Glove boxes ensure no hands touch the diamonds.
The Saskatchewan Research Council (SRC) has a long and distinguished record of supporting the mining and mineral processing industry with quality research and applied innovation. SRC’s focus areas have included slurry pipeline research, chemical/geochemical analysis and welding technology, to name a few. One current initiative has been to advance their capabilities in establishing high-quality analysis for the diamond mining industry. The following article from an SRC publication descibes this effort.
Ore quality analysis in the diamond industry is a high-technology business demanding exacting standards of accuracy and security. In 2007, the SRC opened a large high-security diamond laboratory in Saskatoon’s north industrial area, not far from SRC’s recently opened first dense media separation (DMS) plant. The laboratories conduct micro diamond analysis on core drilling samples, while the DMS plant looks for macro diamonds in bulk samples from large-diameter drilling.
A great deal of experience and expertise went into the construction and commissioning of the new DMS plant. The plant exploits the high specific gravity of diamonds to separate them from lighter material. Ore is crushed, de-slimed and screened to remove fine material. It is then mixed with a dense medium and put through a cyclone to separate the heavier material.
As well as meeting burgeoning demand in Saskatchewan, the operations also serve a growing list of international clients. SRC built on their capabilities in micro diamond analysis to spur the move into macro diamonds, and industry development also demanded it.
The divide between micro and macro diamonds is 0.50 millimetres. Recovered micro diamonds can be as small as 75 micrometres. This is reflected in the ore volume each operation handles. The micro lab processes samples ranging from a few kilograms to a few thousand kilograms, while the DMS plant can handle ore samples of up to 500 tonnes. Macro processing cannot recover as finely as micro analysis, but the odds of finding larger stones increase as more rock is processed.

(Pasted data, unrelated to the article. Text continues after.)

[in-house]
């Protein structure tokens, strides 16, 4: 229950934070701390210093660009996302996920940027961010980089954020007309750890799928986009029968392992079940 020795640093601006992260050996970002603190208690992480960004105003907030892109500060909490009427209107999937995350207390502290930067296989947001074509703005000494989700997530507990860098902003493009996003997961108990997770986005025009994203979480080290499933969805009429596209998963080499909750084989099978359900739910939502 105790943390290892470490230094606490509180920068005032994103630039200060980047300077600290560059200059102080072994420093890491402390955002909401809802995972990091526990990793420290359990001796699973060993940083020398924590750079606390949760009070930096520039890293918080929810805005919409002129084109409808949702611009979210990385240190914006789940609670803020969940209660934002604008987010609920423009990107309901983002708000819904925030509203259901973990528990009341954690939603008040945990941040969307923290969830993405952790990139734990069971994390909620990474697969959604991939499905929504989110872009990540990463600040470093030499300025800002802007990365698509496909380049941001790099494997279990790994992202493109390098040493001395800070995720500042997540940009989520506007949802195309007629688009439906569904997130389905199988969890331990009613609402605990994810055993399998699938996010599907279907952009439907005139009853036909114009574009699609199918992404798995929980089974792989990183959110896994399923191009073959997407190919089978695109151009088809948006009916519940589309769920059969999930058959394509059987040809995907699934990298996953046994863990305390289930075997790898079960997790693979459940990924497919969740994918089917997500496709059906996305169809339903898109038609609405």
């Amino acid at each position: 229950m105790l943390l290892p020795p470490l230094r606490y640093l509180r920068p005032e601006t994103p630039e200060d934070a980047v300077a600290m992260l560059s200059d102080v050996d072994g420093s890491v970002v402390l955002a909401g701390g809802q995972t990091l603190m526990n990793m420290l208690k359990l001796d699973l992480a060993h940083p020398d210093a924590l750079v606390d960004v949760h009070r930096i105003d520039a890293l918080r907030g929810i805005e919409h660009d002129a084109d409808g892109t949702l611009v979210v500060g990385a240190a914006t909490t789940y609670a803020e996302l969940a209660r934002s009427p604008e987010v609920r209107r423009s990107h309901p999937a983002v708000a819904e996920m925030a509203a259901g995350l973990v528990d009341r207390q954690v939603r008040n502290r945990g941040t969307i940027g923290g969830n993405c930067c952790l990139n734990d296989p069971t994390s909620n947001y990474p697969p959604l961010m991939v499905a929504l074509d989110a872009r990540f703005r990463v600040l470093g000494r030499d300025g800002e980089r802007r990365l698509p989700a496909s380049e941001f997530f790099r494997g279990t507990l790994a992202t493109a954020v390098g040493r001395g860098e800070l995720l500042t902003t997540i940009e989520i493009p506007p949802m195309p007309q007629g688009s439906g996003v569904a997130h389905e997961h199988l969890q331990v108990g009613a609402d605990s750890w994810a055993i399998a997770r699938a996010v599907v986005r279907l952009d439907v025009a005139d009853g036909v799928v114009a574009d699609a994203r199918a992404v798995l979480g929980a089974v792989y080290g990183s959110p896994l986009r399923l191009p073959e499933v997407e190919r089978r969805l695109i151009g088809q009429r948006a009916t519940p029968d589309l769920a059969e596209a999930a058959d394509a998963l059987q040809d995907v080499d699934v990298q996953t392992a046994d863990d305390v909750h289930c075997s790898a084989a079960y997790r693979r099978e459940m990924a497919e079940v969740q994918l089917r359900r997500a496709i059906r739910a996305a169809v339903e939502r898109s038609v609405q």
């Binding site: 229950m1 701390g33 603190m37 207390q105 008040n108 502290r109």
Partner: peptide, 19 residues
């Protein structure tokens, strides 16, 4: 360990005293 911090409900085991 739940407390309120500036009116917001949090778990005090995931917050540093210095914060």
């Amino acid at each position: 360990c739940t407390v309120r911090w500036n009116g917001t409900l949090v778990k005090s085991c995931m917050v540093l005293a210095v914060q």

The micro diamond labs cover a working area of 1,375 square metres, with 80 kilns in operation, and are able to process two tonnes of samples per week, using a caustic fusion process. This makes it the world’s largest commercial lab that undertakes micro diamond extraction. SRC has developed a reputation as one of the best micro diamond labs in the world, and is now seeking to acquire similar repute on the macro diamond circuit too.
The marriage of macro and micro diamond processing capabilities helps SRC provide all-in-one, one-stop shop services for exploration, from grassroots till sampling to micro and macro diamond extraction. This is significant because macro analysis is essential to proving a deposit and deciding whether costly mine development is justified.
SRC’s high-security diamond services became even more secure with the addition of a strictly controlled, red-level process to the DMS plant. According to Bernard Gartner, SRC’s geo-analytical laboratories manager, “A red-level facility means absolutely no hands touch the diamond or have access to it. Everything is caged or handled in gloveboxes. There is no physical way of touching the diamond.”
The laboratory and independent security personnel monitor sample processing and handling at all times. Macro diamond concentrate handling is verified and documented to ensure an audit trail for sample integrity. The lab follows ISO/IEC 17025:2005 international standard principles. As an internal quality control measure to validate accurate recovery, every sample is picked three times by three different randomly selected people. At each stage, the lab implements quality control measures to ensure the required recovery can be achieved and verified.
On the micro diamond side, additional security measures are also in place. “We randomly spike the samples with synthetic diamond tracers,” explained Gartner. “The actual number of tracers added to the caustic fusion and the chemical treatment process is unknown to the final observers. Only the control technician and the quality controller know the original count of synthetic stones. As a result, we have secure quality assurance built right into our micro diamond recovery operation.”
The SRC’s innovative efforts have also been recognized formally. The diamond facility was recently awarded the Exceptional Engineering and Geoscience Project Award by the Association of Professional Engineers and Geoscientists of Saskatchewan in recognition of the services it provides to diamond exploration companies in Canada and around the world.
Mike McCubbing, lab supervisor at SRC, has over eight years of experience in the diamond exploration industry with a focus on kimberlite processing. He regularly attends industry trade shows and short courses and has given presentations on quality control and quality assurance in diamond recovery.